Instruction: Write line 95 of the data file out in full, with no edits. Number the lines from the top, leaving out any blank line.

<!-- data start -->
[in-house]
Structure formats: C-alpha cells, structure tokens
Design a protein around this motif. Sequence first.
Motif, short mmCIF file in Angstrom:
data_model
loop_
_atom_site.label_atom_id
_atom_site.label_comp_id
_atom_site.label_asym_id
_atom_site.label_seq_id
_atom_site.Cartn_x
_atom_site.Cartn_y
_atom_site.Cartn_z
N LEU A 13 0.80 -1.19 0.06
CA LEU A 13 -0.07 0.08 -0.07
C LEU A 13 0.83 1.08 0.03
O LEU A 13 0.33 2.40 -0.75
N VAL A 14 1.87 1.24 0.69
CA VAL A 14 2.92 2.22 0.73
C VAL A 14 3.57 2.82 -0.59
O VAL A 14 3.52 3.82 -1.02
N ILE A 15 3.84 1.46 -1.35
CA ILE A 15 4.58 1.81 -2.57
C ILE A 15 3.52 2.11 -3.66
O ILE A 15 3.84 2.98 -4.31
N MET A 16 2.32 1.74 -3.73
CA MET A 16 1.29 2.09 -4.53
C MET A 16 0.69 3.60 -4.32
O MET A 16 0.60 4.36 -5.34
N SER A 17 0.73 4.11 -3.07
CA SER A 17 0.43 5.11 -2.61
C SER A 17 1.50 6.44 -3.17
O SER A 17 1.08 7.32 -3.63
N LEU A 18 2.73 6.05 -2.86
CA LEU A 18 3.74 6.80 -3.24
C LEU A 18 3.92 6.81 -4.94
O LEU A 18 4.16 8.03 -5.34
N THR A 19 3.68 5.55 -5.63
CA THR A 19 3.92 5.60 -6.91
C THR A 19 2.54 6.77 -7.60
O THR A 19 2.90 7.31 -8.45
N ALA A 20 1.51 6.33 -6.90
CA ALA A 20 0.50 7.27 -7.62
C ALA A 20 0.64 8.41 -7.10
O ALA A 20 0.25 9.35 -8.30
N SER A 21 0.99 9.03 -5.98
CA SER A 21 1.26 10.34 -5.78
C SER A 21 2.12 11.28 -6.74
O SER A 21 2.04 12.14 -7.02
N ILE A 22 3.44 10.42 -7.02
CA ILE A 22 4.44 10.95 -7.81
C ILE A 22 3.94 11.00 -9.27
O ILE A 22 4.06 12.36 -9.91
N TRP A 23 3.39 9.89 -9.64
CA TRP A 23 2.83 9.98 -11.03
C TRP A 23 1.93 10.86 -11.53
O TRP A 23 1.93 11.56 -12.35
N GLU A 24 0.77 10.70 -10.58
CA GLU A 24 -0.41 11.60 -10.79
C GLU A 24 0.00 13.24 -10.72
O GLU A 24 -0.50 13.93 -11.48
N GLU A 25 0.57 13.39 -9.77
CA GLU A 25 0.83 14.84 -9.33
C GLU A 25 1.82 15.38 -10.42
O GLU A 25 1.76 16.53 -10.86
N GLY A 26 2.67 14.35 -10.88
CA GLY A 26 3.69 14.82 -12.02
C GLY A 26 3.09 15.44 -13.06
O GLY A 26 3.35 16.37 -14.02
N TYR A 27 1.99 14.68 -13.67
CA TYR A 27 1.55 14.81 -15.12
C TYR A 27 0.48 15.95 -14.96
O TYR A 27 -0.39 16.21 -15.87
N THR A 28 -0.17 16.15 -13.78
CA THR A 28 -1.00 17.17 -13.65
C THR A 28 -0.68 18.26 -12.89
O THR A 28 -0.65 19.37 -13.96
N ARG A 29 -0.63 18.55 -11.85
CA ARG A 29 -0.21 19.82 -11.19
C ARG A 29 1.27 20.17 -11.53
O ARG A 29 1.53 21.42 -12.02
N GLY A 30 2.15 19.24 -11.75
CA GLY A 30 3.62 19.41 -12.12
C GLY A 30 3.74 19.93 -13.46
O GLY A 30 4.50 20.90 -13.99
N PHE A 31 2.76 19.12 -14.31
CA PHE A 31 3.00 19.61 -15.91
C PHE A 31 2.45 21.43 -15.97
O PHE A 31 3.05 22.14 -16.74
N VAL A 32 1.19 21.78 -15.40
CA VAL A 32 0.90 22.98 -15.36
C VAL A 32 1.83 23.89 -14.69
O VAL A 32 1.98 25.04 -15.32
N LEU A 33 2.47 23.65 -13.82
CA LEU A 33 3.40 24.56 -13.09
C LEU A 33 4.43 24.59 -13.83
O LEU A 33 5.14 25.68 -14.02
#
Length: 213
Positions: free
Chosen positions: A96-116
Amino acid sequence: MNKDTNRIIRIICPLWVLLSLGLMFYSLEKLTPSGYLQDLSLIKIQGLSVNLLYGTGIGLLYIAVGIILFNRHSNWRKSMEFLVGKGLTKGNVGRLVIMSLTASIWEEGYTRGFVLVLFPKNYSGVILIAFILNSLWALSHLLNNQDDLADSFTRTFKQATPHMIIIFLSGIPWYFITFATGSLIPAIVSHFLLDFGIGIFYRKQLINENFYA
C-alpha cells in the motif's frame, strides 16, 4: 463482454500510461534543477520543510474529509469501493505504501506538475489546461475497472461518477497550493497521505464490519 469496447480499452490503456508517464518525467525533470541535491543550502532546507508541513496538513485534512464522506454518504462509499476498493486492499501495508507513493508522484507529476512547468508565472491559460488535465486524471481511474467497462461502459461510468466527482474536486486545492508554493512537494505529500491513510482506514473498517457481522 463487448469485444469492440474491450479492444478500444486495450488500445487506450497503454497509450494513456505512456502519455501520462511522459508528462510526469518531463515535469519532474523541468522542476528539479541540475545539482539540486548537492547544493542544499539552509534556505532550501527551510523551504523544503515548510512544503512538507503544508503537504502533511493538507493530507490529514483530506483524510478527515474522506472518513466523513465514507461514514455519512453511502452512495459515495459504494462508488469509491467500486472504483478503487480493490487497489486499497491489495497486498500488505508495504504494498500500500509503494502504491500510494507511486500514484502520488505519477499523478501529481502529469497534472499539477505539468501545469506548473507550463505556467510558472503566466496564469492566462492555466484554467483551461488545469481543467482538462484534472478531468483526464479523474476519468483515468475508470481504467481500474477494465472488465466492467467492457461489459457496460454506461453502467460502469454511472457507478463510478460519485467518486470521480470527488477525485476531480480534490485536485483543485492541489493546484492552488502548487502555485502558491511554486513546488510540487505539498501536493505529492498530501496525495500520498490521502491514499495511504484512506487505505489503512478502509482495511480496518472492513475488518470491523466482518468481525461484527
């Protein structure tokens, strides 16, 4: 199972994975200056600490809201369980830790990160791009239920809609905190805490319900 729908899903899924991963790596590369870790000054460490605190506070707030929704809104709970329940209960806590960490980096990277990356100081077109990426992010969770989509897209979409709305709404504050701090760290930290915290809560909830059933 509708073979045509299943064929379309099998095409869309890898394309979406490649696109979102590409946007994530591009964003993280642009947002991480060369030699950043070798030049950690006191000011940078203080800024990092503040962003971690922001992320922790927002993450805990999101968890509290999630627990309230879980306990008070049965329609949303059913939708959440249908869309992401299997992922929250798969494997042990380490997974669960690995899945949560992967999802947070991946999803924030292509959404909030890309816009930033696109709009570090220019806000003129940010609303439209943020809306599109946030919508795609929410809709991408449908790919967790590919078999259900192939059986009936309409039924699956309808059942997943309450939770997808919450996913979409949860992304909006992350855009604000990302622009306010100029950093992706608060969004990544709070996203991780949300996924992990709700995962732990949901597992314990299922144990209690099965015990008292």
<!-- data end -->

CA LEU A 33 3.40 24.56 -13.09